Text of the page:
At the Mayo Clinic Cancer Center, cancer patients can be enrolled in a remote patient monitoring program that a recent study showed has helped them avoid unnecessary hospitalizations. The program gives patients Bluetooth-enabled blood pressure cuffs, pulse oximeters, and thermometers and a tablet that prompts them to take vital sign measurements, which are then delivered to an interdisciplinary care team.


Remote patient monitoring is a potent tool for measuring blood oxygen levels, which are a critical indicator of whether COVID-19 patients require hospitalization. Hospitals can enroll patients in a remote monitoring program post-discharge, use remote monitoring to manage “long-COVID,” and reduce the load on critical care resources by keeping patients who do not require hospitalization safely at home. The FDA has issued an Emergency Use Authorization for certain remote or wearable patient monitoring devices during the pandemic.

Chronic Obstructive Pulmonary Disorder (COPD)

Remote patient monitoring can help monitor patients who have several chronic conditions, including COPD. The remote monitoring may be used to predict exacerbations, which can lead to hospitalization, thus providing care teams a more proactive strategy for management.

Dementia and Falls

Patients with dementia are at risk for falls and wandering. Just as connected wearable technology can help you monitor the number of steps you take and whether you are walking, running, or in the car, the sensors on connected wearables can detect falls and alert caregivers when dementia patients may be hurt or need help.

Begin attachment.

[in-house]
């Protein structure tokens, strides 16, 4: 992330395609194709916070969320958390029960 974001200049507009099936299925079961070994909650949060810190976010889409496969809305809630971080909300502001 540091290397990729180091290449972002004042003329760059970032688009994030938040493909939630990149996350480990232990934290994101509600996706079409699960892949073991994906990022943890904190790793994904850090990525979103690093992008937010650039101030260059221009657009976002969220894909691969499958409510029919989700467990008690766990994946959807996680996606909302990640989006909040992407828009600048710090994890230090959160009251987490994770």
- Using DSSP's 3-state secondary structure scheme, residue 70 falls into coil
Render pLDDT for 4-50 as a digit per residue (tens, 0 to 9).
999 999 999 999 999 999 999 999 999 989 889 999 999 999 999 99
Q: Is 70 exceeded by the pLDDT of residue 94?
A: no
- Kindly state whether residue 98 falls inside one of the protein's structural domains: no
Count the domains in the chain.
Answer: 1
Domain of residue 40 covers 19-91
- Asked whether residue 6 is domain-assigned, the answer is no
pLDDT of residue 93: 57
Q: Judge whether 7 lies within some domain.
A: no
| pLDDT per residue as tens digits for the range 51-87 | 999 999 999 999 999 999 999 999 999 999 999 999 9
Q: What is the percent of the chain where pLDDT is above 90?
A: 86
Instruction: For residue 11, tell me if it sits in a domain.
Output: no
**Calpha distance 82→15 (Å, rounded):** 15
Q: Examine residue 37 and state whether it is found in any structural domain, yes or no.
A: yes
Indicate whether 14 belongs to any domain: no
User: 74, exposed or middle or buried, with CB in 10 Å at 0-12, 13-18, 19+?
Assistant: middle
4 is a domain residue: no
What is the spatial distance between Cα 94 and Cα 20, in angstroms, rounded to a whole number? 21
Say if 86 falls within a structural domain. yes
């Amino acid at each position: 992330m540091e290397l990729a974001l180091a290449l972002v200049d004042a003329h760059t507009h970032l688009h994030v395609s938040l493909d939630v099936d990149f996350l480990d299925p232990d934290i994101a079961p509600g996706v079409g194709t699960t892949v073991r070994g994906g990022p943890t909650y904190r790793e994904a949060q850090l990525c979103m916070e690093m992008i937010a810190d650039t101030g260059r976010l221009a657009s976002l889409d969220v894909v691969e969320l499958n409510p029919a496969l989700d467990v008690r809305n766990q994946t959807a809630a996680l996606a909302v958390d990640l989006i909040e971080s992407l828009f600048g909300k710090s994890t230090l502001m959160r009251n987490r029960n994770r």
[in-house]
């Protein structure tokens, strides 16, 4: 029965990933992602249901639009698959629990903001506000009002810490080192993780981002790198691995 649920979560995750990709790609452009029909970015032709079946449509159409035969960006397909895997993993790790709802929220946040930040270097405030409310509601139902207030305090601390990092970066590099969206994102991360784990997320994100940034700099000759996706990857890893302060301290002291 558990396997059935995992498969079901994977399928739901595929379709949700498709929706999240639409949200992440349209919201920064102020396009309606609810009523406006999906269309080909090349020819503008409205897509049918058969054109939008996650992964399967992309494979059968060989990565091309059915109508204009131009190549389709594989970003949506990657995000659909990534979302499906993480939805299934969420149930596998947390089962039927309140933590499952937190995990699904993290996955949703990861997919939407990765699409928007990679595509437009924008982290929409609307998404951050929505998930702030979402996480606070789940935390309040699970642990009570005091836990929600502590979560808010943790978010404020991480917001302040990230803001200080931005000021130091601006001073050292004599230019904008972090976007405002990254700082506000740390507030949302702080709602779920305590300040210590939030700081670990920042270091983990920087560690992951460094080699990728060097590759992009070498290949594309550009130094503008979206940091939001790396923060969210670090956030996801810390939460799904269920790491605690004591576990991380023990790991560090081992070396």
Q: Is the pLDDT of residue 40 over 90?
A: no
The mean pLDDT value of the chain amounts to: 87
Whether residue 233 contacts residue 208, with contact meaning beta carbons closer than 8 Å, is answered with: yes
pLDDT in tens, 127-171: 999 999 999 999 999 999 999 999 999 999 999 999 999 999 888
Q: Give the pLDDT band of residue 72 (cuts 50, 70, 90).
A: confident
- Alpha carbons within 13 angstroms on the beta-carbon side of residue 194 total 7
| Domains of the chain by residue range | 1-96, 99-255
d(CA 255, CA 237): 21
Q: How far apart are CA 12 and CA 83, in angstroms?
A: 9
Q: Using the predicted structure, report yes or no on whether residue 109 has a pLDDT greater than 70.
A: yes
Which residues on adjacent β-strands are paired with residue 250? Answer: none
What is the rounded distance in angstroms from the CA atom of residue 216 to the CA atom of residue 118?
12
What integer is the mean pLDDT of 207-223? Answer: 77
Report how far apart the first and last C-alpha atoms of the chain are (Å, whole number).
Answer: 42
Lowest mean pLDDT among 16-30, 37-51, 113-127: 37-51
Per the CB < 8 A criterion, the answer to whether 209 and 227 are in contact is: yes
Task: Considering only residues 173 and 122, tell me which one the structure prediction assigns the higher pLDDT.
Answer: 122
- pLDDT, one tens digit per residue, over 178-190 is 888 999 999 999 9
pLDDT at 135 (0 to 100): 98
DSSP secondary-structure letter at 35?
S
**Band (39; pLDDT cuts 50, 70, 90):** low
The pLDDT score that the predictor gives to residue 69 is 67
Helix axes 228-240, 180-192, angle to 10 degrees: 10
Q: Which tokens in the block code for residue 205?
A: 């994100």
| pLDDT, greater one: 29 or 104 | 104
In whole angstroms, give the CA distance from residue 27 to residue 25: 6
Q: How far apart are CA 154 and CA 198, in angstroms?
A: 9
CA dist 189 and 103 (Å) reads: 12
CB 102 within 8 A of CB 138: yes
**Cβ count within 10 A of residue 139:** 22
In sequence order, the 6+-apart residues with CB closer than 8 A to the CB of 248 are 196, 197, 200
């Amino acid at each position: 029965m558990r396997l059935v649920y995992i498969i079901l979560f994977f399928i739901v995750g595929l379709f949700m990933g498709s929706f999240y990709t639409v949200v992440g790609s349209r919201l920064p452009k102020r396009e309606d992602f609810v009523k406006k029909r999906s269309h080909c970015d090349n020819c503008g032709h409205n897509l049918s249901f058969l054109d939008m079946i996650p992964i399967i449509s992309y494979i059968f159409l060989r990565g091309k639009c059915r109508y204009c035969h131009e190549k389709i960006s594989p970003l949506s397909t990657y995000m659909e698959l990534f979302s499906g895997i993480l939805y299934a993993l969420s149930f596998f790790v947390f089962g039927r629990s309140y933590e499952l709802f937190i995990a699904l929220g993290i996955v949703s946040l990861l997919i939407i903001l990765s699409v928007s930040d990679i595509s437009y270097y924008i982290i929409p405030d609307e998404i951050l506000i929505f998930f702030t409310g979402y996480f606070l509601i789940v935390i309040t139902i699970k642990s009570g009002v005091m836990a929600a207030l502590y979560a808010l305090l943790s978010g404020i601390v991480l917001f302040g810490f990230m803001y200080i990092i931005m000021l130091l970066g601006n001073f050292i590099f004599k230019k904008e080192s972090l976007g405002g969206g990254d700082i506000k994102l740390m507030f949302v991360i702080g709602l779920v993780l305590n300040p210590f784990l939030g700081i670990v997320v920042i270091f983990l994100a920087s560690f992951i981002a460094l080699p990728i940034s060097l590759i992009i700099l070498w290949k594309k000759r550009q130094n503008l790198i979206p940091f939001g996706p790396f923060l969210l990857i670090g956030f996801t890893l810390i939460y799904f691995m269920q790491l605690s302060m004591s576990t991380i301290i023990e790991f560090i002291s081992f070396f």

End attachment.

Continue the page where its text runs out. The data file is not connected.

Managing diabetes remotely requires ongoing control over blood pressure, weight, and blood glucose. A remote patient monitoring program can help track these and deliver results and proactive alerts to healthcare providers. A randomized control study found that diabetes management via RPM is as effective as a clinic visit once every three leading to a significant reduction in cost.

Congestive Heart Failure (CHF)

Cardiac implantable electronic devices (such as pacemakers) can deliver useful physiological data to help remote care teams identify and manage heart failure. A systematic review of 42 studies on remote patient monitoring programs for CHF found the programs improve quality of life, reduce mortality rates, and help reduce length of stay when patients are hospitalized.

The Bottom Line

The bottom line for hospitals and healthcare organizations is that RPM programs used in coordination with a broader array of telehealth services can help build new outpatient revenue streams and reduce expensive in-hospital utilization. “RPM is more than just fancy activity trackers,” wrote Katie Nunn for the Medical Group Management Association. “It is a way to reduce hospital admissions, lower healthcare costs, and provide better care and outcomes for patients.”

Learn more about howCaregility’s telehealth technology platformcan help support your healthcare organization’s needs.